Published August 21, 2017
WASHINGTON – For the first time in 99 years, a total solar eclipse will occur across the entire continental United States today, August 21, 2017. Across Indian Country, there are differing opinions on whether or not tribal members should even view the historic event.
If you choose to observe the eclipse, do so with caution because the sun can severely injure your eyes.
NASA has released this caution:
The only safe way to look directly at the uneclipsed or partially eclipsed sun is through special-purpose solar filters, such as eclipse glasses or handheld solar viewers. Homemade filters or ordinary sunglasses, even very dark ones, are not safe for looking at the sun. In the 70-mile-wide swath of the country that will experience a total eclipse, it’s safe to look at the total eclipse with your naked eyes only during the brief period of totality, which will last about two minutes, depending on your location.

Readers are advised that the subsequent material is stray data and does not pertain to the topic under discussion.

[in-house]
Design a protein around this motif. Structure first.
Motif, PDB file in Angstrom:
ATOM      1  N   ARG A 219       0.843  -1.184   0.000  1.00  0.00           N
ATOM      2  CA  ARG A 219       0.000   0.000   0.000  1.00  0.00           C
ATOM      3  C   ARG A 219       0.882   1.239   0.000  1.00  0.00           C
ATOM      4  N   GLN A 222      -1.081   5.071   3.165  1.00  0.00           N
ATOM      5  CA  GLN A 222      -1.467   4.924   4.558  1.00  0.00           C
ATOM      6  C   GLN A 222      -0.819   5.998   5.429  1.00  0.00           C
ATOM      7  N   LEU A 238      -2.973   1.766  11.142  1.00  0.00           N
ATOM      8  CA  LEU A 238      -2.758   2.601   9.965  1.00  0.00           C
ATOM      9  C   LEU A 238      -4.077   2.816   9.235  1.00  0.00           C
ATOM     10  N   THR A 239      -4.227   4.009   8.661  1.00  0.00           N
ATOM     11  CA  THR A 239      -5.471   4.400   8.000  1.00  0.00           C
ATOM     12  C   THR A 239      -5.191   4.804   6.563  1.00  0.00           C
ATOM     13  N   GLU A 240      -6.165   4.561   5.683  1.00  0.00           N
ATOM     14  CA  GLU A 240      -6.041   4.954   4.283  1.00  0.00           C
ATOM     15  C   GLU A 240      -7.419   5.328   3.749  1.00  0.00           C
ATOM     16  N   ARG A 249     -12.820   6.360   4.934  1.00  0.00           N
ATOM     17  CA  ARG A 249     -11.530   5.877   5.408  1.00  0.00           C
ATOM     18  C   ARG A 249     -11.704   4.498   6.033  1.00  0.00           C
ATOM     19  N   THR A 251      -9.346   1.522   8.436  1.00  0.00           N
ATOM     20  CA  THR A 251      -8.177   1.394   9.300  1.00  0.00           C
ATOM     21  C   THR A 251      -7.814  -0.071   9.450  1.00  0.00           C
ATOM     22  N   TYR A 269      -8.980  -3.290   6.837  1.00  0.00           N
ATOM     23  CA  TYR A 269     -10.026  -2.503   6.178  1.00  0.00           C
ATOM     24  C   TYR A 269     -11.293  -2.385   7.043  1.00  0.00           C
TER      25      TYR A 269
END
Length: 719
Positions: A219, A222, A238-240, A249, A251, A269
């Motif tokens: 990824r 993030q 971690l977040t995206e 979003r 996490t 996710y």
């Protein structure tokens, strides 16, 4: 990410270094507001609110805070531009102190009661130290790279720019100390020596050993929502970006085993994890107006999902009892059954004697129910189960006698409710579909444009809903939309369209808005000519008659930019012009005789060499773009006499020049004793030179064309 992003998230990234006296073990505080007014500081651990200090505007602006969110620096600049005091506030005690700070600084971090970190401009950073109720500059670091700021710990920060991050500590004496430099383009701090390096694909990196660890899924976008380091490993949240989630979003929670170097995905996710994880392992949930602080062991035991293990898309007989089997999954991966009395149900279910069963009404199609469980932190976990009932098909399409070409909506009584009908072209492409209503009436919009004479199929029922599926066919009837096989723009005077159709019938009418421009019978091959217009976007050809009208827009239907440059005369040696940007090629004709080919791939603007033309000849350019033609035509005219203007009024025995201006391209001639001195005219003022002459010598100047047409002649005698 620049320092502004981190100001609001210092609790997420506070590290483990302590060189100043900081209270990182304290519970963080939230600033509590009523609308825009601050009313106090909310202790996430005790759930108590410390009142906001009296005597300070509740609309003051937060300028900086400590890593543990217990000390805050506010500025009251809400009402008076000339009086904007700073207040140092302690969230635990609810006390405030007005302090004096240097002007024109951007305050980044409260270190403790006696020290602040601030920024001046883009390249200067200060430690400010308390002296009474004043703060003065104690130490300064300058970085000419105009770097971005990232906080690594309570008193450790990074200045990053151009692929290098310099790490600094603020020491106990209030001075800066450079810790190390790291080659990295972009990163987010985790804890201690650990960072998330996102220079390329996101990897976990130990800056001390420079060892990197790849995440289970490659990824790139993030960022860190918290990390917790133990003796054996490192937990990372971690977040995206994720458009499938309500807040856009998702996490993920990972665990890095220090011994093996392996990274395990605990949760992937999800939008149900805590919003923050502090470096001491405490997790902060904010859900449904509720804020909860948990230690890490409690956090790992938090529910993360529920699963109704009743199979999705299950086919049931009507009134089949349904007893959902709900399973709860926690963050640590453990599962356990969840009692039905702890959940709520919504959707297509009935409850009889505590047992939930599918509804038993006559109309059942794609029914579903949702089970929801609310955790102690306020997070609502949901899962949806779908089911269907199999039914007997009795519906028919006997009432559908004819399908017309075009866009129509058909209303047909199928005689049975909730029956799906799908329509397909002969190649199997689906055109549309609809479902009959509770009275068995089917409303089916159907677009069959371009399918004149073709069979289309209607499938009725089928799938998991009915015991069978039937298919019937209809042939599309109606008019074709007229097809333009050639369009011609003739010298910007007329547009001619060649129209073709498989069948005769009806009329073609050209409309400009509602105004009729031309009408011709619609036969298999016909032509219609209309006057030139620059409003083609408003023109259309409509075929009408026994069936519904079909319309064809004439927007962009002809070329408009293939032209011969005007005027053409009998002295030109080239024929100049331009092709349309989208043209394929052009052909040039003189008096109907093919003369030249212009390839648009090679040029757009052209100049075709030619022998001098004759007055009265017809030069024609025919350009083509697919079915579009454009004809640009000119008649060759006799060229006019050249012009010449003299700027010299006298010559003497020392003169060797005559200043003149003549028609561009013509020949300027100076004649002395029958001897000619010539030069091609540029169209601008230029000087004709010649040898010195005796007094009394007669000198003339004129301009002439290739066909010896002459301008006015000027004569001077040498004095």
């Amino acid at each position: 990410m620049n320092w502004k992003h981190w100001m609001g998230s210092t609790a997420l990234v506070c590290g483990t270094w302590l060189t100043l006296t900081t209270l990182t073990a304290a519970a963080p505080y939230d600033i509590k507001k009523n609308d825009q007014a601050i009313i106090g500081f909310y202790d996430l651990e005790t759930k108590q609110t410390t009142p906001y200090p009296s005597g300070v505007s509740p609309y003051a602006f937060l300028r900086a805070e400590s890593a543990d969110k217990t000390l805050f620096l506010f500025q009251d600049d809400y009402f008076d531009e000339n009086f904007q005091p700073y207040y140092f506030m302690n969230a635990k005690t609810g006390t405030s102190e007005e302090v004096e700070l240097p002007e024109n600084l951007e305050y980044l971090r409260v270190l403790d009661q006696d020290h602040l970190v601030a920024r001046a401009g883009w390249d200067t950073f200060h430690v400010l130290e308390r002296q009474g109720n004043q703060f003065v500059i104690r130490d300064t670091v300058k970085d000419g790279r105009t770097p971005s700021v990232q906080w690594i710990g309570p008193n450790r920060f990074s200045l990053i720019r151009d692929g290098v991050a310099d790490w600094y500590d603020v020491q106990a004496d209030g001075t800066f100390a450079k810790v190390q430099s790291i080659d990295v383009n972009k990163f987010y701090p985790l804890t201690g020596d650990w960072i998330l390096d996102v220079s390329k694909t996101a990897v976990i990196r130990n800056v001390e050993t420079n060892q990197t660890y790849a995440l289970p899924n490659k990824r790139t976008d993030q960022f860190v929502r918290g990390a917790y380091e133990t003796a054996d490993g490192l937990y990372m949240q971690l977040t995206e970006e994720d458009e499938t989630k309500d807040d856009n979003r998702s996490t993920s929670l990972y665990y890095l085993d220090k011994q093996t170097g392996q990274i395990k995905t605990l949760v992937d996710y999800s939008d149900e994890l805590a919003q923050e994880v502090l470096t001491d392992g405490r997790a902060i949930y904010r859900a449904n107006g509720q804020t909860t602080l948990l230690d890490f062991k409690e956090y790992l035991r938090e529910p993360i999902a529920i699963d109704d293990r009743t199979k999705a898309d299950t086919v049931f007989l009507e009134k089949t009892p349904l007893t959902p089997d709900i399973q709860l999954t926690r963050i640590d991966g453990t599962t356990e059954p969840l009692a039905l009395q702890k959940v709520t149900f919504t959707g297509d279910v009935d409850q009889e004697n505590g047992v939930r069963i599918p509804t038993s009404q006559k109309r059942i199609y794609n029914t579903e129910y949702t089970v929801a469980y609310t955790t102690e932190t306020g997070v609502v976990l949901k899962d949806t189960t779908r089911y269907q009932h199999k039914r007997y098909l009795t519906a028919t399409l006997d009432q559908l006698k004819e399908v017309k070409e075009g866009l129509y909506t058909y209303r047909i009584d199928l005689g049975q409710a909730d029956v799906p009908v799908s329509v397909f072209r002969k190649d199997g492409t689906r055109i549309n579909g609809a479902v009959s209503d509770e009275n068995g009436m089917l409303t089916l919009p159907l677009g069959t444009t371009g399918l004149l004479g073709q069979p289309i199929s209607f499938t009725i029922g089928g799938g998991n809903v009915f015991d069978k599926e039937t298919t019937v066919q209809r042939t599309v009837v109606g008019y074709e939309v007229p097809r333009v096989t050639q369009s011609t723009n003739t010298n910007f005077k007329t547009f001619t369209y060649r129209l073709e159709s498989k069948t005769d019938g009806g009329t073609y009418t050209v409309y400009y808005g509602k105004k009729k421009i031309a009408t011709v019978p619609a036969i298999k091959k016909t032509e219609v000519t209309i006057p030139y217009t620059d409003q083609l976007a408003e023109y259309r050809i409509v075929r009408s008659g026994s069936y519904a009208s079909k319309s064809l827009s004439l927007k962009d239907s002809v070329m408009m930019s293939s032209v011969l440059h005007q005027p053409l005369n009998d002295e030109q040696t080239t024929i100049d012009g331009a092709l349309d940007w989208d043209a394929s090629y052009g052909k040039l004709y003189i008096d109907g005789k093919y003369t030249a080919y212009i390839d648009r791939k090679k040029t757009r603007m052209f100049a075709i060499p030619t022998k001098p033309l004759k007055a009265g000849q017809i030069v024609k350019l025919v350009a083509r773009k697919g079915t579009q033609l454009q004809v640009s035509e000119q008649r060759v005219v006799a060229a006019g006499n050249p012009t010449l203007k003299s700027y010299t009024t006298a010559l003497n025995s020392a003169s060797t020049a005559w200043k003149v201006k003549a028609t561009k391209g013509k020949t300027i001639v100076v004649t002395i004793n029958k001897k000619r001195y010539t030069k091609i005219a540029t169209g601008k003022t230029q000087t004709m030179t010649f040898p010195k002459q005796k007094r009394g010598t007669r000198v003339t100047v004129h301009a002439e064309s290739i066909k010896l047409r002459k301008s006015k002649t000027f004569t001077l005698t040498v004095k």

An alternative method for safe viewing of the partially-eclipsed sun is with a pinhole projector. With this method, sunlight streams through a small hole – such as a pencil hole in a piece of paper, or even the space between your fingers – onto a makeshift screen, such as a piece of paper or the ground. It’s important to watch the screen, not the sun.
For more information on viewing safety, visit:
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